Center for American Progress

New Labor Market Indicators Underscore a Weak Economic Expansion

New Labor Market Indicators Underscore a Weak Economic Expansion

Despite the “jobless” character of the economic recovery and expansion since late 2001, the Federal Reserve remains on a determined course to raise interest rates. It has already raised its federal funds target 11 times since late 2004.

Part of the justification for the Fed’s relentless policy is the impressive decline in the unemployment rate over the last two years, from 6.1 percent in mid-2003 to 5.1 percent in September. This fall in the unemployment rate, while welcome, does not in fact signal a strong labor market. A full four years into the recovery, the unemployment rate remains well above pre-recession levels (which reached 3.9 percent).

But the unemployment rate itself is an inadequate measure of the availability of jobs. As the unemployment rate has fallen, the share of the working age population with jobs has remained at levels well below those reached during the previous economic expansion. This share was 62.8 percent in September compared to 64.4 percent in September 2000. At this rate, there would have been approximately 3.6 million more jobs in the economy in the fall of 2004.

Of equal concern, however, the standard unemployment rate provides no measure of the quality of jobs. To provide a more comprehensive measure of labor market performance, we developed two new indicators. They both add further evidence that the labor market in the current expansion has not returned to the strength achieved in the economic expansion of the late 1990s.

The first of our new indicators addresses the unemployment rate. Like the Labor Department’s unemployment rate, this indicator is measured as a share of the labor force. It includes the traditionally defined number of unemployed and involuntary part-time workers (those who want full-time work). But we also include workers who are paid very low wages – less than two-thirds of the median hourly wage for full-time workers.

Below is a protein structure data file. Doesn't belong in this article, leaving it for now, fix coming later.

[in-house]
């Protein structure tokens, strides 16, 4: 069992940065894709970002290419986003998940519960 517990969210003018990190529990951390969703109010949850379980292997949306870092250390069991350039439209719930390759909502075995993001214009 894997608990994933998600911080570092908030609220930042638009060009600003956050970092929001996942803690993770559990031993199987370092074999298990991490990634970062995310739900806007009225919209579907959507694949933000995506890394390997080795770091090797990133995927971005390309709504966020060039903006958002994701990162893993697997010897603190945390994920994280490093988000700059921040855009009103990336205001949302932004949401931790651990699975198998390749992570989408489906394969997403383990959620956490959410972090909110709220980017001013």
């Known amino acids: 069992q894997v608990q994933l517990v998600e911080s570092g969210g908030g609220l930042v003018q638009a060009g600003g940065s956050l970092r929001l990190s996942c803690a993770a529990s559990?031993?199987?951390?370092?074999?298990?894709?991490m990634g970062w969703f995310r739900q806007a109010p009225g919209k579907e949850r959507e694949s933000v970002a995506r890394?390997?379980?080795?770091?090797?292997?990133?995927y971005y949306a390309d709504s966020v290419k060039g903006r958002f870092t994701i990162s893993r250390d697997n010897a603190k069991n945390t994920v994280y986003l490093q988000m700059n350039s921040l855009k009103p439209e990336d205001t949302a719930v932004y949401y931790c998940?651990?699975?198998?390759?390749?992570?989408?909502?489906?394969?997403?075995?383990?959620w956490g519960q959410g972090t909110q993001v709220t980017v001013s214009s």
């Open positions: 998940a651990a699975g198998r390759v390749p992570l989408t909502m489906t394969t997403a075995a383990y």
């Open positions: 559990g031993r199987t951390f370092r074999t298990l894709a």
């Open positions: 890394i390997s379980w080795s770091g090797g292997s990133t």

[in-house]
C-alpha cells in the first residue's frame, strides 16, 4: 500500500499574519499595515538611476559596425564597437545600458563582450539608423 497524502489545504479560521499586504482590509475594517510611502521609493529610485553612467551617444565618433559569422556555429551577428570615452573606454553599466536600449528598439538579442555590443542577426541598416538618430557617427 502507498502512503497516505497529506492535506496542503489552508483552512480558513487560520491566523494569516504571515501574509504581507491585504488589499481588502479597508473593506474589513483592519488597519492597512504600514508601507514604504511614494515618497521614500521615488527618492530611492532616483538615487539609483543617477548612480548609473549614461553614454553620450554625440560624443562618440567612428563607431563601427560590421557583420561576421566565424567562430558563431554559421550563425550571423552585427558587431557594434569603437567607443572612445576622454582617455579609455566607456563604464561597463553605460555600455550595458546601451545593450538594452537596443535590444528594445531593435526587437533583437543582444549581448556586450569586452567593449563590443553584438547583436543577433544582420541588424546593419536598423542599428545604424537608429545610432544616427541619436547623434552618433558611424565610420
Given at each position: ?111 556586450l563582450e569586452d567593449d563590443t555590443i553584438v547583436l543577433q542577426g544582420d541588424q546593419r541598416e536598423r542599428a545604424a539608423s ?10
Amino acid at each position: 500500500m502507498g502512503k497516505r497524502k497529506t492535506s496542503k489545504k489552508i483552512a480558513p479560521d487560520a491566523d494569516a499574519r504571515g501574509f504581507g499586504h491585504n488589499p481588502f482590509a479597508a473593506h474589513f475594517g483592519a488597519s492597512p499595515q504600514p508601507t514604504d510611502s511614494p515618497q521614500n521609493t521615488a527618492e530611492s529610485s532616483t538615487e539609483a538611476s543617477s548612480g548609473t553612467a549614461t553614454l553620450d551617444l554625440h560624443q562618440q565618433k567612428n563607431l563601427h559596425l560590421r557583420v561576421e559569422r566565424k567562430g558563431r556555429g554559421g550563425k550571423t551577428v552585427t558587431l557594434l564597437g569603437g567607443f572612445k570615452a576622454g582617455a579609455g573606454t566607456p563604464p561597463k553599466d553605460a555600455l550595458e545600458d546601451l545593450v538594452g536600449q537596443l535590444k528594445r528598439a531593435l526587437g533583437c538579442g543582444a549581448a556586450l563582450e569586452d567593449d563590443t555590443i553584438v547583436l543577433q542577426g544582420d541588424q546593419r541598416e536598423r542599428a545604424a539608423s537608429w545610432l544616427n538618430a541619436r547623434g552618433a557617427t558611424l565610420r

This low-wage threshold came to $10.43 an hour in 2004. By comparison, the poverty line wage for a full-time worker in a three-person family was $8.44 an hour (assuming 50 weeks of work a year and 35 hours per week, or 1750 annual hours). We have assumed conservatively that a “low wage” should be at least this much higher than a poverty wage. Many argue that a significantly higher wage than $10.43 is required to keep an individual, much less a three-person family, out of poverty.

Table 1 below shows that there has been improvement in recent quarters in both the standard unemployment rate and our measure compared to the average rate over the preceding three years. In particular, the underemployment rate improved markedly in the first quarter of 2005 over the previous quarter.

Despite the gains, however, the underemployment rate of 31.8 percent in the first quarter of 2005 is significantly above its highest level of the Clinton expansion – 30.8 percent in 2000. If the recent expansion had reduced the underemployment rate to levels reached in 2000, there would now be approximately 1.4 million fewer underemployed workers. Our concern is that the underemployment rate will revert to the levels of late 2004. Indeed, the improvement in the first quarter was unusually large and half of it was attributable to a sudden decline in the low-wage share of jobs. We hesitate to draw conclusions based on one quarter’s move. If the average underemployment rate for 2000 had prevailed in the fourth quarter of 2004, we would have had approximately 2.6 million fewer underemployed workers at the end of last year.